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The Four Kinds of Capital in Business Valuations

Posted March 31, 2023

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When you started as an entrepreneur, was the first draft of your logo just a chicken scratch on a napkin? Is the first dollar you ever made hung in your office to remind you of your humble beginnings? How many hours would you say you’ve poured into your business over the last 20, 30, or 40 years if you could count? Do you ever pause and take stock of how far you’ve come?

As a business owner, you have a lot to consider. It’s not just your livelihood and dream, but you’re also responsible for the livelihoods of your employees. You indirectly put food on their tables, keep a roof over their head and help them live a full and successful life. It can be a lot of pressure.

So, it can be a difficult transition when you see the time coming for you to step away from the business you’ve built from the ground up. You want to ensure you leave your business and legacy in the right hands. The first step is to know how much your business is worth.

If someone asks you how much your business is worth, you may go on autopilot and reply that it’s priceless. While yes, it may be priceless to you, that’s not the answer most people seek.

If you aren’t sure about the value of your business, you aren’t alone— nearly 98% of business owners don’t know the worth of their business. With 80-90% of a business owner’s net worth tied to their business, this is not a question you can afford to get wrong. The value of your business will impact your future retirement plans, estate planning, wealth building, business transition, and more.

There are four types of capital to consider when looking at your business valuation.

Human Capital

Over the years, you’ve likely cultivated a team of people you trust with your business. These people can be your greatest asset. If you’ve built a strong team of reputable and knowledgeable industry leaders, a new owner will already have a firm foundation when they step in. However, suppose the majority of your team is also approaching retirement, or are unreliable and not motivated to continue pushing the business forward; this is a lower value of human capital and often a red flag for potential investors.

Structural Capital

One way to conceptualize structural capital is by considering it as a set of business procedures. Do you have standard operating procedures? Are playbooks, guidelines, and systems in place to ensure a smooth transition? Is your human capital capable of carrying out these procedures? If you have processes in place that will allow for work to continue seamlessly while there is a transition in ownership, this boosts your structural capital.

Customer Capital

A prospective new owner will want to know about your client base. How large is your client base? Is it diversified? Is there a healthy mixture of legacy clients and new clients? Expanding your customer base can reinforce the solidity of your enterprise and its prospects going forward.

Social Capital

Not only do you need good employees, a seamless flow of processes, and a robust client base, but you also need to have a good reputation within the community. Are you known for giving back to the community, providing a healthy work culture, and maintaining ethical practices in all you do? Or are you known for high turnover rates, questionable ethics, and never truly being a part of the community? As a small business owner, the importance of your company’s reputation within its community cannot be overstated.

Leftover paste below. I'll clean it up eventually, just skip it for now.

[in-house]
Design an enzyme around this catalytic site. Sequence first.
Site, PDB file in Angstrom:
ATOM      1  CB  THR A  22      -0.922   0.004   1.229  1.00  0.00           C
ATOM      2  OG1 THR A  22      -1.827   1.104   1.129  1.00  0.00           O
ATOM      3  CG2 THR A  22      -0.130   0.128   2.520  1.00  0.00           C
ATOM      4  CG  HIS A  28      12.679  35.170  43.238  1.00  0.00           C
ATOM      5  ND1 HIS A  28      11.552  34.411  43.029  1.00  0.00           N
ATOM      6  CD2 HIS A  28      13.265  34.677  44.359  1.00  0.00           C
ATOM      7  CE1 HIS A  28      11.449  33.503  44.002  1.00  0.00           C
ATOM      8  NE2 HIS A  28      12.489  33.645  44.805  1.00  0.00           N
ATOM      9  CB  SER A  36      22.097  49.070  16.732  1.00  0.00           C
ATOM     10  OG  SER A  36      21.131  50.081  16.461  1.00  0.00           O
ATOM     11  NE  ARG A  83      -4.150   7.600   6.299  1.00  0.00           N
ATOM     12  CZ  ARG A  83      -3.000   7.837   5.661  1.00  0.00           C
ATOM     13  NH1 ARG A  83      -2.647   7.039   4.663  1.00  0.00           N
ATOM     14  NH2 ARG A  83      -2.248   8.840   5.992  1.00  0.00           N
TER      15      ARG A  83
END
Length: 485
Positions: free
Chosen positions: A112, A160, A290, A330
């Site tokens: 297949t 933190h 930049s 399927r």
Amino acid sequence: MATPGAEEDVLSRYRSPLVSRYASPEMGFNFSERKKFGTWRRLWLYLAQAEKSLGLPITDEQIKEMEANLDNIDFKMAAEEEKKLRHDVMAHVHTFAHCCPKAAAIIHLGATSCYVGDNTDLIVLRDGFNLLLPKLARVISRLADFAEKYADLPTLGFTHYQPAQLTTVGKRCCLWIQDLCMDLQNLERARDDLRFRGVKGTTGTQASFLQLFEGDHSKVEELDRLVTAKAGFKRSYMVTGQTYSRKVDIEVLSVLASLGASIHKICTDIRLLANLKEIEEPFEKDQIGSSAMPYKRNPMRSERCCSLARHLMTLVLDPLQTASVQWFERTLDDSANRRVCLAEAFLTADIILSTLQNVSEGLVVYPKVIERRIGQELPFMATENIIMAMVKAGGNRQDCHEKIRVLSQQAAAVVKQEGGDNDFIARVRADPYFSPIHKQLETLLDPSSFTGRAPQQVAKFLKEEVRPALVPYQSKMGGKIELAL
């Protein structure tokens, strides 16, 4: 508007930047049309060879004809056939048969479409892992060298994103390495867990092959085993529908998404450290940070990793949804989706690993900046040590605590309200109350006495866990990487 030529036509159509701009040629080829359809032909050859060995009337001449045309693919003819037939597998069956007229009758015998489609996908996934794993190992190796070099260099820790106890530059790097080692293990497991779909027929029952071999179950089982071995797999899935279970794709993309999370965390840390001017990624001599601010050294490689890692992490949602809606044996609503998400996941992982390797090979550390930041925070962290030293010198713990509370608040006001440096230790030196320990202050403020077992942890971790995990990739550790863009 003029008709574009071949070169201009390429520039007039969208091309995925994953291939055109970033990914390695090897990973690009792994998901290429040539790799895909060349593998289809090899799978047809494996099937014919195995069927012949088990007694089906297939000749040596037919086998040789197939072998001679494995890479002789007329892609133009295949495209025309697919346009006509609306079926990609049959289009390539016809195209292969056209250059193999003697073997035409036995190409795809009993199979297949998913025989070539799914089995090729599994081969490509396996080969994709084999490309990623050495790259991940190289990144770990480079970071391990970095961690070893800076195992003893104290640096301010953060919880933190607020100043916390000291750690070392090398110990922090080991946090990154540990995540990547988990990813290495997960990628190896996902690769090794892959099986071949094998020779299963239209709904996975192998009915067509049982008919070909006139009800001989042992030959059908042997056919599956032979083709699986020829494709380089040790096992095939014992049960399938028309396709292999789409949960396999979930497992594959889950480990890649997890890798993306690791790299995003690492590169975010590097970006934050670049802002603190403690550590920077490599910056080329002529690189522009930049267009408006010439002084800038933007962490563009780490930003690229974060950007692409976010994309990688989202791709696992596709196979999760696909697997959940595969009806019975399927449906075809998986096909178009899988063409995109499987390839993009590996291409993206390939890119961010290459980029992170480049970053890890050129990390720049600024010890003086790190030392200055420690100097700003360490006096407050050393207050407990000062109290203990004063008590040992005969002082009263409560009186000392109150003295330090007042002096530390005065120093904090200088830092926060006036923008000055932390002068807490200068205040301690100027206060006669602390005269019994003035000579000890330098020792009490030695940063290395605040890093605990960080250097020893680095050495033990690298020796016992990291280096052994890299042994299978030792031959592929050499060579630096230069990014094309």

When you first created your business goals, you may not have mentioned human, structural, customer, or social capital. But over the years, and especially now as you look to retirement, these four aspects are of the utmost importance.

At Thayer Financial, we understand how important it is to know the worth of your business and how to build a retirement plan around it. So, we’ve invested in technology and partners to help ensure our business owner clients have the facts needed to make sound planning decisions.

Thayer Financial is ready to advise you on your business transition plans from a comprehensive financial planning and wealth management perspective. As Certified Exit Planning Advisors in Hickory, North Carolina, Thayer is your dedicated resource for fee-only, fiduciary advice. Schedule an appointment or call us today.

Thayer Financial, L.L.C. (“Thayer Financial”) is a registered investment adviser offering advisory services in the States of North Carolina, Tennessee, Texas and in other jurisdictions where exempted. Registration does not imply a certain level of skill or training. This website’s presence on the Internet shall not be directly or indirectly interpreted as a solicitation of investment advisory services to persons of another jurisdiction unless otherwise permitted by statute. Follow-up or individualized responses to consumers in a particular state by Thayer Financial in the rendering of personalized investment advice for compensation shall not be made without our first complying with jurisdiction requirements or according to an applicable state exemption.

All written content on this site is for information purposes only. Opinions expressed herein are solely those of Thayer Financial, L.L.C., unless otherwise specifically cited. Material presented is believed to be from reliable sources and no representations are made by our firm as to other parties’ informational accuracy or completeness. All information or ideas provided should be discussed in detail with an advisor, accountant or legal counsel prior to implementation.

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